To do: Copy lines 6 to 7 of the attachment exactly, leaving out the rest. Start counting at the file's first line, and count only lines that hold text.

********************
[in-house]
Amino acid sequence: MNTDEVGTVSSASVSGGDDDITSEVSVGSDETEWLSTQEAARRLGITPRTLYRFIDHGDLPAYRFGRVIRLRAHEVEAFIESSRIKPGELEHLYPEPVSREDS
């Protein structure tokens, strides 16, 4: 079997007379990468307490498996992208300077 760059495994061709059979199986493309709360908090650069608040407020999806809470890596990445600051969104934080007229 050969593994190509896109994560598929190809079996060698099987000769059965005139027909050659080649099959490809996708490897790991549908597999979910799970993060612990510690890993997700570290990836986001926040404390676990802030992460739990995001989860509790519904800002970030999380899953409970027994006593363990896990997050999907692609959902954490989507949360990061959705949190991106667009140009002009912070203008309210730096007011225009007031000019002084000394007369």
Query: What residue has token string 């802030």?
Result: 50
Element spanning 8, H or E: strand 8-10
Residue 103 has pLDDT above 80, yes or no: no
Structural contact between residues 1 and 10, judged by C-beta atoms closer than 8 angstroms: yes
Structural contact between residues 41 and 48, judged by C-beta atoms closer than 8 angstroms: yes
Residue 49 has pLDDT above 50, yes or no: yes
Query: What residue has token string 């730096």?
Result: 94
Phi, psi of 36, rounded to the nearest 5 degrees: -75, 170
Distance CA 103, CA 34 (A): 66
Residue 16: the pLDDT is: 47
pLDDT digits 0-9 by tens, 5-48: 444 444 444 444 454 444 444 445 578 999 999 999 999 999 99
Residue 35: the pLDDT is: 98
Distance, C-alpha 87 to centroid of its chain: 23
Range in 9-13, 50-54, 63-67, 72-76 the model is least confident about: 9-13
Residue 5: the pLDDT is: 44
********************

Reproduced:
Element spanning 8, H or E: strand 8-10
Residue 103 has pLDDT above 80, yes or no: no